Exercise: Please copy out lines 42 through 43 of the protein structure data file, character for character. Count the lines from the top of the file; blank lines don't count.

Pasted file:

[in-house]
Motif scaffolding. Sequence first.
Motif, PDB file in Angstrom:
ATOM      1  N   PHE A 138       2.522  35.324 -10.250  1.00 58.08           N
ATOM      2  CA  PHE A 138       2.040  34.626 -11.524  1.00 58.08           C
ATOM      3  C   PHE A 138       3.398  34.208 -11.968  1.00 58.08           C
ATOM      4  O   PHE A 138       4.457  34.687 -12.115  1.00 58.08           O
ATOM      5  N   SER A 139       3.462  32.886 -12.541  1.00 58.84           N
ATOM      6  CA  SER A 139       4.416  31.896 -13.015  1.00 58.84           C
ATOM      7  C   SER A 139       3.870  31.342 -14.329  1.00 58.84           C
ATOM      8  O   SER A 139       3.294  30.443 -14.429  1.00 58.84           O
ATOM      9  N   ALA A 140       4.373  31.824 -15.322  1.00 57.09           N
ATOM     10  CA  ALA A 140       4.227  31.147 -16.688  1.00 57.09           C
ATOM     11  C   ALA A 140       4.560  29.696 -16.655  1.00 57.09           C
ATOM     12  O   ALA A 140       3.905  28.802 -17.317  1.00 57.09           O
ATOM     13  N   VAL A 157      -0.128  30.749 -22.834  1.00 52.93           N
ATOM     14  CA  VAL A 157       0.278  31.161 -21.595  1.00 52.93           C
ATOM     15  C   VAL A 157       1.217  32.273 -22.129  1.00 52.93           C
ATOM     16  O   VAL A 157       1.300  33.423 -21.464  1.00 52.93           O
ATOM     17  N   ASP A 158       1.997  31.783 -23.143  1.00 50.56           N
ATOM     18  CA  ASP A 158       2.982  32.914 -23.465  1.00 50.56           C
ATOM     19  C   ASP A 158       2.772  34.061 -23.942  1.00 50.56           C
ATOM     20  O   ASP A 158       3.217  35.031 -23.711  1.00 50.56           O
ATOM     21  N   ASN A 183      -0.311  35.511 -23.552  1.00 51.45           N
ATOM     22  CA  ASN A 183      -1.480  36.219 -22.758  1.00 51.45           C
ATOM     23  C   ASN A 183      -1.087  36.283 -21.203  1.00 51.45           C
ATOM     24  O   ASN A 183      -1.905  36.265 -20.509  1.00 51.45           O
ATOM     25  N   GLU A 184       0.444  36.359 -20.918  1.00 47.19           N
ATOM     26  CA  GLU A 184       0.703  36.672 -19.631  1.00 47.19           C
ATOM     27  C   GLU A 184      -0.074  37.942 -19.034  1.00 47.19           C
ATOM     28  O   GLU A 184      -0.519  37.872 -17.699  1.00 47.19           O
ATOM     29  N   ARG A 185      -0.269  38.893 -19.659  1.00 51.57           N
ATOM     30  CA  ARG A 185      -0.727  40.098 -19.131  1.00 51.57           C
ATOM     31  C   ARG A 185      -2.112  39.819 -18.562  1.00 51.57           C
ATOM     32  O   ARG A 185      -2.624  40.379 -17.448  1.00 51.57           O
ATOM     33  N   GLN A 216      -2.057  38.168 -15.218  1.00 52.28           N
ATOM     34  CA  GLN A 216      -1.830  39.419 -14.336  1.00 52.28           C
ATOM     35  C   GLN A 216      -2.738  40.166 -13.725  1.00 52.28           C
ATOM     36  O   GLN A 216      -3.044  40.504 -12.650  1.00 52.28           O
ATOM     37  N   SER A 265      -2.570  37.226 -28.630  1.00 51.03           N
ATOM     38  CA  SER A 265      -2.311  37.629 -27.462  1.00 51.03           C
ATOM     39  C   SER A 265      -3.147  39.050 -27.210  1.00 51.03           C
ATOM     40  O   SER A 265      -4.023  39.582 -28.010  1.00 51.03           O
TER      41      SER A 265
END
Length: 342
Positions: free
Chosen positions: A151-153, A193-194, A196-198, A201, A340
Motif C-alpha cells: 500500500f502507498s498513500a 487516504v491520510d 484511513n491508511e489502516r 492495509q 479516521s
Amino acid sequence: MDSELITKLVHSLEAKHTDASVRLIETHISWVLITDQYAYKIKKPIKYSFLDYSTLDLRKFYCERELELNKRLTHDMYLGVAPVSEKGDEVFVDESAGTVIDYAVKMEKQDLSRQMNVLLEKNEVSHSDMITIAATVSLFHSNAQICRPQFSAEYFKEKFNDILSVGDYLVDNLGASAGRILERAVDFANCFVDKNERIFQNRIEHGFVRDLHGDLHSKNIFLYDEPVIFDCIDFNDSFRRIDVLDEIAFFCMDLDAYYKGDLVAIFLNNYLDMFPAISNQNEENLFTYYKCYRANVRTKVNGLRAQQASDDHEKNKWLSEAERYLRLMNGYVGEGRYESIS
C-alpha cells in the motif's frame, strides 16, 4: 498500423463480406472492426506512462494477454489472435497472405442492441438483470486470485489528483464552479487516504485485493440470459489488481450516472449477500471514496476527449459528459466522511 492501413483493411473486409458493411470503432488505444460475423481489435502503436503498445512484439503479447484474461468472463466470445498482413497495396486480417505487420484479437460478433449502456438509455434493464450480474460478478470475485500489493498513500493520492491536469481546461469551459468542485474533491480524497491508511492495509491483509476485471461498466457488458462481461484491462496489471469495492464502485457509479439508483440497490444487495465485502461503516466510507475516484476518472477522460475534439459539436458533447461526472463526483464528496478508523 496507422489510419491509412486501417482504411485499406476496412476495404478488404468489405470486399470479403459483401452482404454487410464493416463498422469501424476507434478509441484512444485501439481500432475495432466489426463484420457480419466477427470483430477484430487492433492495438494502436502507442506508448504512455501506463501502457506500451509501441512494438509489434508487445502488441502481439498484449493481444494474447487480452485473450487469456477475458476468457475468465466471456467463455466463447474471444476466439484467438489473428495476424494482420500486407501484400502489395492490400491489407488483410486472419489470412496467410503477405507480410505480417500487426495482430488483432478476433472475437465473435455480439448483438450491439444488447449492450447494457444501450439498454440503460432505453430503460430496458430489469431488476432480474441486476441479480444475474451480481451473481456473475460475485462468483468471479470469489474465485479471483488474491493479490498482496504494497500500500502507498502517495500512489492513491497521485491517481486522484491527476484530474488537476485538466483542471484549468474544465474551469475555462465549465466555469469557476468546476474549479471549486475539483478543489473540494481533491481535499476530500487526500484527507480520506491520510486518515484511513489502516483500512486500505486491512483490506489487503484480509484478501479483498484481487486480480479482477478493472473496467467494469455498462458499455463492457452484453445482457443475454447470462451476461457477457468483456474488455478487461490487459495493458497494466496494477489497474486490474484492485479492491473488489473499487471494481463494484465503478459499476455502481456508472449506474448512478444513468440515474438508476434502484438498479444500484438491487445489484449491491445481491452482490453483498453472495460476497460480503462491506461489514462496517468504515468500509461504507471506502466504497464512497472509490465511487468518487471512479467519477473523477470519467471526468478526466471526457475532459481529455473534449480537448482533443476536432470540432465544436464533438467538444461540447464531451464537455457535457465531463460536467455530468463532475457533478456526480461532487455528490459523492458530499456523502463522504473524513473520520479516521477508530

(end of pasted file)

ATOM     39  C   SER A 265      -3.147  39.050 -27.210  1.00 51.03           C
ATOM     40  O   SER A 265      -4.023  39.582 -28.010  1.00 51.03           O